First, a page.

We split the feed the fish challenge into 2 separate parts; Building and decorating the fish tank, and building the mechanisms to fire the nerf dart into the tank.
Building A Tank
As a little break from the robot, I decided to set upon the task of building the tank. We decided we wanted to make it look as realistic as possible, with a wood effect base, with an ocean theme around the outside.
Aaron however came up with a brainwave, we can use a clear Perspex front to give off the effect of glass, and decorate the internals too! We found a broken plastic display stand which we cut down to size, perfect to fit in the windows, and then ordered some small plastic aquarium plants off Amazon to put inside. We then used black insulation tape to give off the effect of a seal around the outside.
It did however become very apparent we needed something to fill the floor. With it being made solely out of cardboard, and tape we knew we wouldn’t be able to use real gravel, however eating breakfast, I had a brain wave. Rice Crispies could be used as they both look rock-ish and are very lightweight! After a quick trip to Tecos at lunch, we were very happy with the result!
Locked & Loaded
Once we had our target, it was time to come up with the mechanism for shooting. As seen in in our challenge planning post, we were planning on re-purposing a nerf style gun from home bargains. After many cross office nerf fights, we felt fairly familiar with the workings and mechanisms of the gun.
To successfully achieve the challenge, we needed to find a way of automatically cocking back the gun, pressing the trigger and reloading it.
After taking the gun apart, we realised the cocking back of the gun and trigger mechanism could be combined into one motion. we could bypass the trigger and cock it back as part of the firing mechanism. To do this, we decided to use a snail cam on a 360 degree servo. This enabled us to gradually build up tension on the string (cocking the gun back) and suddenly release it to give the forward momentum to shoot the bullet. An example of this can be seen below, with the follower being the cock of the gun.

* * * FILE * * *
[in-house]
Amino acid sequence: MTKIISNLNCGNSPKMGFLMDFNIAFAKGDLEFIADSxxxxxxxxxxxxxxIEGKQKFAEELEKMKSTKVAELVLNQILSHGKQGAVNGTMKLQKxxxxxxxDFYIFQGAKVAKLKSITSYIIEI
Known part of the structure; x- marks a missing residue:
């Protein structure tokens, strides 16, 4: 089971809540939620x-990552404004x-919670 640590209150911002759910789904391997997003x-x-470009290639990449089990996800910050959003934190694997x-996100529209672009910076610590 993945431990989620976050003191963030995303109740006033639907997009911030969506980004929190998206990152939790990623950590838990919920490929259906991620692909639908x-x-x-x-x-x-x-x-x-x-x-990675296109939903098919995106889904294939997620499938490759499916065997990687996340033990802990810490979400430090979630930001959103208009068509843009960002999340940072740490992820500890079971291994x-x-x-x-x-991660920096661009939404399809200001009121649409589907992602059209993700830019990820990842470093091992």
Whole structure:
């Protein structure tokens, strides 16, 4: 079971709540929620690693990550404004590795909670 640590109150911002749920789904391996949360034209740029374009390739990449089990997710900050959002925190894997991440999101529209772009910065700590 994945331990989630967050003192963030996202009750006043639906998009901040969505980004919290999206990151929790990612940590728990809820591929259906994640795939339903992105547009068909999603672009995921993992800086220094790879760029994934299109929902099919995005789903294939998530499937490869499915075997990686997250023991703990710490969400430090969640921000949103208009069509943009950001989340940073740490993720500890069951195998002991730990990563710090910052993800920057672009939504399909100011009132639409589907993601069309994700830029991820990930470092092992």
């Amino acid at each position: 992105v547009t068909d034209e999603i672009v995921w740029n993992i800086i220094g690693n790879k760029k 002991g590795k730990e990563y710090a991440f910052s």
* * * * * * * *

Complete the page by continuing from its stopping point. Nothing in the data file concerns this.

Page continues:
Reloading was very simple. we could attach a servo to the pre-existing reload mechanism, which enables us to automatically twist the barrel ready to fire another shot. To do this we attached an extended post to the existing reload mechanism, and linked it up to a servo arm, using a paperclip. Luckily this worked first time!
Putting it all together
Once we had both mechanisms working, it was time to put it all together! Again, this was fairly painless, we 3d printed a base plate so that the cam could be mounted to the top of the gun.
Once this was secure, we attached everything and went for the first test shot, which surprisingly was a first time success! It’s safe to say we were over the moon!
Now the main bulk of the feed the fish challenge is complete, it’s time for us to start looking into the other 2 challenges, with the deadline fast approaching ?
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